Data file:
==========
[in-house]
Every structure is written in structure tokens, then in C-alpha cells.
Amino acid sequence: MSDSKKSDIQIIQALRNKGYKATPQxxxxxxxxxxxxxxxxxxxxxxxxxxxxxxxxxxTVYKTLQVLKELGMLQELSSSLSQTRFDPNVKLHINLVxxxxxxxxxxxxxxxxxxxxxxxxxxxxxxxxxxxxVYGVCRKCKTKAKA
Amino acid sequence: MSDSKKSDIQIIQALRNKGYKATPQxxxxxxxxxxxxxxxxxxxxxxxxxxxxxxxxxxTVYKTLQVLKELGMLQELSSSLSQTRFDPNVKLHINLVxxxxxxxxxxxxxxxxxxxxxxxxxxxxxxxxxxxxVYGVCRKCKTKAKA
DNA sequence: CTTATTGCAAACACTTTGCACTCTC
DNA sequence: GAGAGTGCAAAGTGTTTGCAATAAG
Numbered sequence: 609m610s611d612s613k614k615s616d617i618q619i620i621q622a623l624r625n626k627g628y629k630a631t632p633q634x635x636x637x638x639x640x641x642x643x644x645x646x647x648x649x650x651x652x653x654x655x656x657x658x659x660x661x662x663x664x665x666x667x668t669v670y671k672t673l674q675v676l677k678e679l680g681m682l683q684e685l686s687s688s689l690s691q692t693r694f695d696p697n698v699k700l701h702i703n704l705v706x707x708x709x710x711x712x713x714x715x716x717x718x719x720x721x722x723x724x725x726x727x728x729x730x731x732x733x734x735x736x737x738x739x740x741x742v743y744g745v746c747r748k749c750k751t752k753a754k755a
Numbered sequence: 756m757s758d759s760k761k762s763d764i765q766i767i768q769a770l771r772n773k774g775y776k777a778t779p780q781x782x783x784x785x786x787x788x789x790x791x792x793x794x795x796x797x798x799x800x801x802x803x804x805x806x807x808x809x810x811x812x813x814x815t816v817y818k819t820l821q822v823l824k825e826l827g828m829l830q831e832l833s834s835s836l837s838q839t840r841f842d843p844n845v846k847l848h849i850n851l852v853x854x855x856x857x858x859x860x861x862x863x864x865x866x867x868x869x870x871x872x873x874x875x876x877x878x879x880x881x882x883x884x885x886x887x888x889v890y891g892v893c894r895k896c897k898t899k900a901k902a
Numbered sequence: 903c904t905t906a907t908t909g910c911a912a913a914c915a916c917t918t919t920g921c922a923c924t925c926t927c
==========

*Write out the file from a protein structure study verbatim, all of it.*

[in-house]
Every structure is written in structure tokens, then in C-alpha cells.
Amino acid sequence: MSDSKKSDIQIIQALRNKGYKATPQxxxxxxxxxxxxxxxxxxxxxxxxxxxxxxxxxxTVYKTLQVLKELGMLQELSSSLSQTRFDPNVKLHINLVxxxxxxxxxxxxxxxxxxxxxxxxxxxxxxxxxxxxVYGVCRKCKTKAKA
Amino acid sequence: MSDSKKSDIQIIQALRNKGYKATPQxxxxxxxxxxxxxxxxxxxxxxxxxxxxxxxxxxTVYKTLQVLKELGMLQELSSSLSQTRFDPNVKLHINLVxxxxxxxxxxxxxxxxxxxxxxxxxxxxxxxxxxxxVYGVCRKCKTKAKA
DNA sequence: CTTATTGCAAACACTTTGCACTCTC
DNA sequence: GAGAGTGCAAAGTGTTTGCAATAAG
Numbered sequence: 609m610s611d612s613k614k615s616d617i618q619i620i621q622a623l624r625n626k627g628y629k630a631t632p633q634x635x636x637x638x639x640x641x642x643x644x645x646x647x648x649x650x651x652x653x654x655x656x657x658x659x660x661x662x663x664x665x666x667x668t669v670y671k672t673l674q675v676l677k678e679l680g681m682l683q684e685l686s687s688s689l690s691q692t693r694f695d696p697n698v699k700l701h702i703n704l705v706x707x708x709x710x711x712x713x714x715x716x717x718x719x720x721x722x723x724x725x726x727x728x729x730x731x732x733x734x735x736x737x738x739x740x741x742v743y744g745v746c747r748k749c750k751t752k753a754k755a
Numbered sequence: 756m757s758d759s760k761k762s763d764i765q766i767i768q769a770l771r772n773k774g775y776k777a778t779p780q781x782x783x784x785x786x787x788x789x790x791x792x793x794x795x796x797x798x799x800x801x802x803x804x805x806x807x808x809x810x811x812x813x814x815t816v817y818k819t820l821q822v823l824k825e826l827g828m829l830q831e832l833s834s835s836l837s838q839t840r841f842d843p844n845v846k847l848h849i850n851l852v853x854x855x856x857x858x859x860x861x862x863x864x865x866x867x868x869x870x871x872x873x874x875x876x877x878x879x880x881x882x883x884x885x886x887x888x889v890y891g892v893c894r895k896c897k898t899k900a901k902a
Numbered sequence: 903c904t905t906a907t908t909g910c911a912a913a914c915a916c917t918t919t920g921c922a923c924t925c926t927c